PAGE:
(Did Judge Diane Sykes just air-kiss Judge Diarmuid O’Scannlain? Isn’t that Ken Cuccinelli over at the bar? What might Judges Brett Kavanaugh and Jeff Sutton be discussing so intently — maybe the latest clerks they’ve placed at the Supreme Court? Whoa — Ted Olson chatting with Justice Samuel Alito! Be still my heart….)
The highlight of the evening was the interview of Justice Antonin Scalia by Jan Crawford, chief legal correspondent of CBS News (who was looking fabulous in a black dress with open sleeves). The justice was in fine form, hilarious and freewheeling in his remarks….
With a new Term underway, the Supreme Court geeks among you might want to check out, and sign up for, FantasySCOTUS. You can read about it here and register here. (There’s also an educational version for the kiddies.)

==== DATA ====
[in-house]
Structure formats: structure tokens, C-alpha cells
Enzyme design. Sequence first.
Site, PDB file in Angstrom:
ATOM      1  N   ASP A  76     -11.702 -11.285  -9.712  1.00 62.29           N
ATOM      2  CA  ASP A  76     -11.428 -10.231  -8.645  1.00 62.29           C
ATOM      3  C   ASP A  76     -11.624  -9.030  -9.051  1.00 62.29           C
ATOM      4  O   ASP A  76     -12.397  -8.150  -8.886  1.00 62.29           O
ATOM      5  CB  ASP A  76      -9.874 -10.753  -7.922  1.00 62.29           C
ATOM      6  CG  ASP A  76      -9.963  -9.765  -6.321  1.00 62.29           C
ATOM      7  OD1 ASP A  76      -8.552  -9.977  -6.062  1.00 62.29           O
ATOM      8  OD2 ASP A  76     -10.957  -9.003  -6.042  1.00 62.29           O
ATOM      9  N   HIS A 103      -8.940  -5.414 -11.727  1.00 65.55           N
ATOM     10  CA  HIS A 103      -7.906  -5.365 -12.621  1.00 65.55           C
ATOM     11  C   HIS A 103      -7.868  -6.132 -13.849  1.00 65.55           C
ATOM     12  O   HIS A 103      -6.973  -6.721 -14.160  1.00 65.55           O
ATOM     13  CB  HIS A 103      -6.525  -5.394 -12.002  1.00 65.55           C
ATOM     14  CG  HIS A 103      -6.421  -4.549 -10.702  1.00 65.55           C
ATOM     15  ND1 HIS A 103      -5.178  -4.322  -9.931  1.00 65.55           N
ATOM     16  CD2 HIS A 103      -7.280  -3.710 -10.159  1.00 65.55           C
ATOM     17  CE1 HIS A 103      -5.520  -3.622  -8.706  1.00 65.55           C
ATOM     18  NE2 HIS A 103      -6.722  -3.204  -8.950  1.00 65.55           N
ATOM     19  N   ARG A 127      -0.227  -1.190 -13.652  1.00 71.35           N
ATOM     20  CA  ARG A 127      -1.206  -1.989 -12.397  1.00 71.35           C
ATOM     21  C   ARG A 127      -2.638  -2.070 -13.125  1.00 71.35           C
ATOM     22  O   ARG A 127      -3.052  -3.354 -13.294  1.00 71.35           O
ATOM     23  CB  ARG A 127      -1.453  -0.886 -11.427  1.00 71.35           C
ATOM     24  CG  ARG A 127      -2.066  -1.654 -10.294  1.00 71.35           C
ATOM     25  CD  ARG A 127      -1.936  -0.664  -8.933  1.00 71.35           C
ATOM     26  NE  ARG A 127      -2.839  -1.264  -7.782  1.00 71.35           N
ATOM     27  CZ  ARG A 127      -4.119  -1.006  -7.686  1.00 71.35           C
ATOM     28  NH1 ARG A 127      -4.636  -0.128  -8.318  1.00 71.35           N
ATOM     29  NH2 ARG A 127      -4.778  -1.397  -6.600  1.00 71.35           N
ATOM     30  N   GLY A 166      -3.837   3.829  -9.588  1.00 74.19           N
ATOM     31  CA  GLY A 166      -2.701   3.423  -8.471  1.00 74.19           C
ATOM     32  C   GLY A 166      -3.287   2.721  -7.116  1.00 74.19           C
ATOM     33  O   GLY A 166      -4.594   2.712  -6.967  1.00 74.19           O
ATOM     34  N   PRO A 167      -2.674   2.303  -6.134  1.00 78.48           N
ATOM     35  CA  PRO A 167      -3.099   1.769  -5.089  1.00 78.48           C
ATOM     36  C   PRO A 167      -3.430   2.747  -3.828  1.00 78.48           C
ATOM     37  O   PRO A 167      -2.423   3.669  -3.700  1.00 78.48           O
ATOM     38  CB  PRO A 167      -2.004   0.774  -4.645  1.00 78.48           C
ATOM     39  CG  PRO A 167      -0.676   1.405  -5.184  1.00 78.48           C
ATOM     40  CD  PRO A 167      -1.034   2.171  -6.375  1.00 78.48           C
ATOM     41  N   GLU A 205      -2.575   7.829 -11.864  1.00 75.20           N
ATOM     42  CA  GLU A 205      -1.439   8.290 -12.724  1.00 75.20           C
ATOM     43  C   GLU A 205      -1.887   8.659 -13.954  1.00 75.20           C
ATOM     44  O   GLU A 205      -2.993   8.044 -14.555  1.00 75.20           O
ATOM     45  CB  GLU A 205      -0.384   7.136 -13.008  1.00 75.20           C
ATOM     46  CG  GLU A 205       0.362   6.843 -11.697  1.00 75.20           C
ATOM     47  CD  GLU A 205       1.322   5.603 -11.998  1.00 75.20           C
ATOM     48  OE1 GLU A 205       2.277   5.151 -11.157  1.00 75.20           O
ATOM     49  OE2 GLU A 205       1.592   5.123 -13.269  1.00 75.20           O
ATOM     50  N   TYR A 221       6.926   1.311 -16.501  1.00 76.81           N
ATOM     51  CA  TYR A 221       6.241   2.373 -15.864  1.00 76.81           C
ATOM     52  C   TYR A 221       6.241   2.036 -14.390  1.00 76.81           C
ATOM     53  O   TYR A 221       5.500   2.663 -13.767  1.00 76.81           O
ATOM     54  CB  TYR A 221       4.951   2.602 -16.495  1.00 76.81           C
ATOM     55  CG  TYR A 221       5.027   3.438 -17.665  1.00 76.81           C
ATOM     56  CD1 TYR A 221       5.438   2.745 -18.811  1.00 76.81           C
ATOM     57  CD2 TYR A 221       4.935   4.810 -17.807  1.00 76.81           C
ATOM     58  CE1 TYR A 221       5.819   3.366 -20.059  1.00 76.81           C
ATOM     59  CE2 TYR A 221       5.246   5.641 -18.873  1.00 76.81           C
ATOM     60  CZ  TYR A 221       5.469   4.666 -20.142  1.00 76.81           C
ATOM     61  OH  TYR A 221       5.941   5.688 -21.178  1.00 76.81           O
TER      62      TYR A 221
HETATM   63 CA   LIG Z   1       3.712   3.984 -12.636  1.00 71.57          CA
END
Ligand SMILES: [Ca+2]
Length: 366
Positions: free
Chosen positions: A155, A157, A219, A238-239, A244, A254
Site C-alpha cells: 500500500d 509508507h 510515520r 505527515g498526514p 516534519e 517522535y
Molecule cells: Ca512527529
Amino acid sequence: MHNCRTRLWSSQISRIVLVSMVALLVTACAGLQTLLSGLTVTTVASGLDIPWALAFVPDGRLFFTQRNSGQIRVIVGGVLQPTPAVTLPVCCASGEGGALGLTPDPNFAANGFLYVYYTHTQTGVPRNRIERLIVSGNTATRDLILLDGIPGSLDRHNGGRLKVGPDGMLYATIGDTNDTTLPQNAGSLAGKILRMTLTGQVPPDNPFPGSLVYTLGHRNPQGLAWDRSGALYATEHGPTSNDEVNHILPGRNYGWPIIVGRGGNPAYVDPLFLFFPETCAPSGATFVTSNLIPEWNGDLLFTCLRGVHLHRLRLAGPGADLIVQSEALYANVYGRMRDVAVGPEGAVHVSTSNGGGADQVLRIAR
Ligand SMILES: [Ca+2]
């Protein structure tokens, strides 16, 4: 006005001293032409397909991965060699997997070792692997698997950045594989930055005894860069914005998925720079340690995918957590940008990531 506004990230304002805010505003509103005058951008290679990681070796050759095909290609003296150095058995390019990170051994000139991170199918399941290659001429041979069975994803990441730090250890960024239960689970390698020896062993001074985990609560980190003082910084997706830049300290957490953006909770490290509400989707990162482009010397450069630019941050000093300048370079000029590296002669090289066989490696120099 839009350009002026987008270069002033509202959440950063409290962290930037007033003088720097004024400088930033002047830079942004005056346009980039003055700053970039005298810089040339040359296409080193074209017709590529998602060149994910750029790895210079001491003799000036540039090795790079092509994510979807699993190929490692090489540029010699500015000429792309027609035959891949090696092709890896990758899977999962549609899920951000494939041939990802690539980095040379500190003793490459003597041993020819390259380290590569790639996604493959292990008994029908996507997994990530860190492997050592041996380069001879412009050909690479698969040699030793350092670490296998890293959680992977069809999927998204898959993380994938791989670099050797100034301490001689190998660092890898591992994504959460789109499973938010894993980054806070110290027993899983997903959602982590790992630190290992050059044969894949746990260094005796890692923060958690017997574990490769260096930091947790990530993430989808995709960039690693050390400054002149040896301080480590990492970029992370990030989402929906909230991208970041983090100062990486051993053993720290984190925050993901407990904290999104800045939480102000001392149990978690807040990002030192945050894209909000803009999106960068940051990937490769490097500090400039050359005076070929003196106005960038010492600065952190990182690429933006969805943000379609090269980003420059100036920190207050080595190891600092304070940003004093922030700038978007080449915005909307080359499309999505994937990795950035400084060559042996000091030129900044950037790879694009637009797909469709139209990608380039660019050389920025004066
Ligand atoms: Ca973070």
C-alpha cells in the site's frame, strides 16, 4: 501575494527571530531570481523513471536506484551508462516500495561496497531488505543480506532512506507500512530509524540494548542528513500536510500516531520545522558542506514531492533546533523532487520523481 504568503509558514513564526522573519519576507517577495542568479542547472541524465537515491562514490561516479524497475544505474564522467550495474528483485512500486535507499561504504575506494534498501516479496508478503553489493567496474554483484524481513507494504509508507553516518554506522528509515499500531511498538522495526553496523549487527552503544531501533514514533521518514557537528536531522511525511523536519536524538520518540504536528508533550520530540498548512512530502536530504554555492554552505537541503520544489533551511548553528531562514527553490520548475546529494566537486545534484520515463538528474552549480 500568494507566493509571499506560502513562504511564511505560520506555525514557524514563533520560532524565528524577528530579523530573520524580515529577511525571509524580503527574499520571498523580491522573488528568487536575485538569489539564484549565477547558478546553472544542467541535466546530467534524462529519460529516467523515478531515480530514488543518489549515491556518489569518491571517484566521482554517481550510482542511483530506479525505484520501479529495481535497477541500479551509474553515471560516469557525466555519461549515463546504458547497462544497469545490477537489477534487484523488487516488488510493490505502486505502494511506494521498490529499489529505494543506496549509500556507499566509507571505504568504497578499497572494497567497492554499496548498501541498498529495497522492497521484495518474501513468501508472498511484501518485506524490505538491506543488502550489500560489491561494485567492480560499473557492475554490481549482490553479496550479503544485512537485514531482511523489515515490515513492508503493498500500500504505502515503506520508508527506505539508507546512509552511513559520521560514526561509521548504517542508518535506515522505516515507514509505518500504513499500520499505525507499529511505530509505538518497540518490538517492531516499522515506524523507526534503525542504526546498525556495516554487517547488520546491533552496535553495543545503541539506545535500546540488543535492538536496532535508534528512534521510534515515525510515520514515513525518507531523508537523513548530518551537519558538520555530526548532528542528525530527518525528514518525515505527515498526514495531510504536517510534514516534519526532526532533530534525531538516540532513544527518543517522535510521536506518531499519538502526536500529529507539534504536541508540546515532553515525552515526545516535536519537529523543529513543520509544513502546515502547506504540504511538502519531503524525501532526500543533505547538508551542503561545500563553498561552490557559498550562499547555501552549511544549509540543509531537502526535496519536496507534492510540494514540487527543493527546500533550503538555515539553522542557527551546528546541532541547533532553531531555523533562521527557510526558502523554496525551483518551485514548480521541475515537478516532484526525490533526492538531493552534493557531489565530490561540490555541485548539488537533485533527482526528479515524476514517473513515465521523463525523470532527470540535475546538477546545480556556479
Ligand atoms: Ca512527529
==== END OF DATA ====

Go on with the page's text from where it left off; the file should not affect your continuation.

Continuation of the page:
The SCOTUS geeks among you might also be interested in the continued action on the law clerk hiring front. In the wake of last week’s post, we received news of several more hires for October Term 2011. Thanks to everyone who contacted us with information; we can’t perform this clearinghouse function without your help.
Without further ado, let’s look at the latest hires for OT 2011….
Monday, October 4, marked the start of a new Supreme Court Term — October Term 2010, to be more specific. It also marked the first day of oral arguments for the newest member of the Court — Lady Kaga, aka Associate Justice Elena Kagan. As Justice White famously observed, a new justice makes a new court.